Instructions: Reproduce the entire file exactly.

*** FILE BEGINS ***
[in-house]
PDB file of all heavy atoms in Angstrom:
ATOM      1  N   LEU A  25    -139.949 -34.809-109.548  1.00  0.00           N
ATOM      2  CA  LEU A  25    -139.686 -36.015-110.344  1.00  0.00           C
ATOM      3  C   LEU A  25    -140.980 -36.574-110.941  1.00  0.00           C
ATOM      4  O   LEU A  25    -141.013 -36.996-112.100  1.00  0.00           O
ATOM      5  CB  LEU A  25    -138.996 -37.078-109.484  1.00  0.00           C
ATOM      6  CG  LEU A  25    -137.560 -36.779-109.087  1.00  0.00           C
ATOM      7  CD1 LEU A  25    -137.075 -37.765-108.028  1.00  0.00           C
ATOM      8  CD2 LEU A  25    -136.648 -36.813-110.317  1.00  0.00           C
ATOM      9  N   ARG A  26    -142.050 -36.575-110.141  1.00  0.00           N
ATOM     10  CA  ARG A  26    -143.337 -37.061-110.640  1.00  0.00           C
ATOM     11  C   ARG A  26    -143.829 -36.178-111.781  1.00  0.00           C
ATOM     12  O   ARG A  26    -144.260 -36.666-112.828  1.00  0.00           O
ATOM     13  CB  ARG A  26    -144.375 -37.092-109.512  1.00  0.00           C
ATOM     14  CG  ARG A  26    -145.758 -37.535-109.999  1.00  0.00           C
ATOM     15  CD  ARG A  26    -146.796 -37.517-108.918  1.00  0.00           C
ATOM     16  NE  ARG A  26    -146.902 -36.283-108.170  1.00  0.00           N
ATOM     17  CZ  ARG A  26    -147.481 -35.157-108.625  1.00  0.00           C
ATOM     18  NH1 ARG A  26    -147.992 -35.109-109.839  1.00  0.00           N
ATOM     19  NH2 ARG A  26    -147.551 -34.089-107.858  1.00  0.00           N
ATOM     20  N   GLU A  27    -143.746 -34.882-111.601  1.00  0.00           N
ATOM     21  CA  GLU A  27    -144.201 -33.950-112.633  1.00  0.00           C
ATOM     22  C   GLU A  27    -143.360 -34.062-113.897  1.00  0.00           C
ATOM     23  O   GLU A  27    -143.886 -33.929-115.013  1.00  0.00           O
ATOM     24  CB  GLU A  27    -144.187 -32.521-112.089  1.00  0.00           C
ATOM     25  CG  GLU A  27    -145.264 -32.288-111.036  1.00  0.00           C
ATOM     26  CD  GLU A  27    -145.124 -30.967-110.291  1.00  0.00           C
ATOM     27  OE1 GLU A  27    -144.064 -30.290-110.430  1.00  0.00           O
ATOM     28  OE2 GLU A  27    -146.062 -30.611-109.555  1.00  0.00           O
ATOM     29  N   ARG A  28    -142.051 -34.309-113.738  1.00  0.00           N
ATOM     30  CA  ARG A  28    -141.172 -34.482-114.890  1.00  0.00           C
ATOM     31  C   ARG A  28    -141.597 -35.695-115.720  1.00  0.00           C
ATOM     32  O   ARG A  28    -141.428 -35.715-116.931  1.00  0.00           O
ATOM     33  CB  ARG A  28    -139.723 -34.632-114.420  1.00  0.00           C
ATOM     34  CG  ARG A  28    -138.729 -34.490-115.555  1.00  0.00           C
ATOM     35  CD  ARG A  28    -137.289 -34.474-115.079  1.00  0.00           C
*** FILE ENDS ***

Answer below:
[in-house]
PDB file of all heavy atoms in Angstrom:
ATOM      1  N   LEU A  25    -139.949 -34.809-109.548  1.00  0.00           N
ATOM      2  CA  LEU A  25    -139.686 -36.015-110.344  1.00  0.00           C
ATOM      3  C   LEU A  25    -140.980 -36.574-110.941  1.00  0.00           C
ATOM      4  O   LEU A  25    -141.013 -36.996-112.100  1.00  0.00           O
ATOM      5  CB  LEU A  25    -138.996 -37.078-109.484  1.00  0.00           C
ATOM      6  CG  LEU A  25    -137.560 -36.779-109.087  1.00  0.00           C
ATOM      7  CD1 LEU A  25    -137.075 -37.765-108.028  1.00  0.00           C
ATOM      8  CD2 LEU A  25    -136.648 -36.813-110.317  1.00  0.00           C
ATOM      9  N   ARG A  26    -142.050 -36.575-110.141  1.00  0.00           N
ATOM     10  CA  ARG A  26    -143.337 -37.061-110.640  1.00  0.00           C
ATOM     11  C   ARG A  26    -143.829 -36.178-111.781  1.00  0.00           C
ATOM     12  O   ARG A  26    -144.260 -36.666-112.828  1.00  0.00           O
ATOM     13  CB  ARG A  26    -144.375 -37.092-109.512  1.00  0.00           C
ATOM     14  CG  ARG A  26    -145.758 -37.535-109.999  1.00  0.00           C
ATOM     15  CD  ARG A  26    -146.796 -37.517-108.918  1.00  0.00           C
ATOM     16  NE  ARG A  26    -146.902 -36.283-108.170  1.00  0.00           N
ATOM     17  CZ  ARG A  26    -147.481 -35.157-108.625  1.00  0.00           C
ATOM     18  NH1 ARG A  26    -147.992 -35.109-109.839  1.00  0.00           N
ATOM     19  NH2 ARG A  26    -147.551 -34.089-107.858  1.00  0.00           N
ATOM     20  N   GLU A  27    -143.746 -34.882-111.601  1.00  0.00           N
ATOM     21  CA  GLU A  27    -144.201 -33.950-112.633  1.00  0.00           C
ATOM     22  C   GLU A  27    -143.360 -34.062-113.897  1.00  0.00           C
ATOM     23  O   GLU A  27    -143.886 -33.929-115.013  1.00  0.00           O
ATOM     24  CB  GLU A  27    -144.187 -32.521-112.089  1.00  0.00           C
ATOM     25  CG  GLU A  27    -145.264 -32.288-111.036  1.00  0.00           C
ATOM     26  CD  GLU A  27    -145.124 -30.967-110.291  1.00  0.00           C
ATOM     27  OE1 GLU A  27    -144.064 -30.290-110.430  1.00  0.00           O
ATOM     28  OE2 GLU A  27    -146.062 -30.611-109.555  1.00  0.00           O
ATOM     29  N   ARG A  28    -142.051 -34.309-113.738  1.00  0.00           N
ATOM     30  CA  ARG A  28    -141.172 -34.482-114.890  1.00  0.00           C
ATOM     31  C   ARG A  28    -141.597 -35.695-115.720  1.00  0.00           C
ATOM     32  O   ARG A  28    -141.428 -35.715-116.931  1.00  0.00           O
ATOM     33  CB  ARG A  28    -139.723 -34.632-114.420  1.00  0.00           C
ATOM     34  CG  ARG A  28    -138.729 -34.490-115.555  1.00  0.00           C
ATOM     35  CD  ARG A  28    -137.289 -34.474-115.079  1.00  0.00           C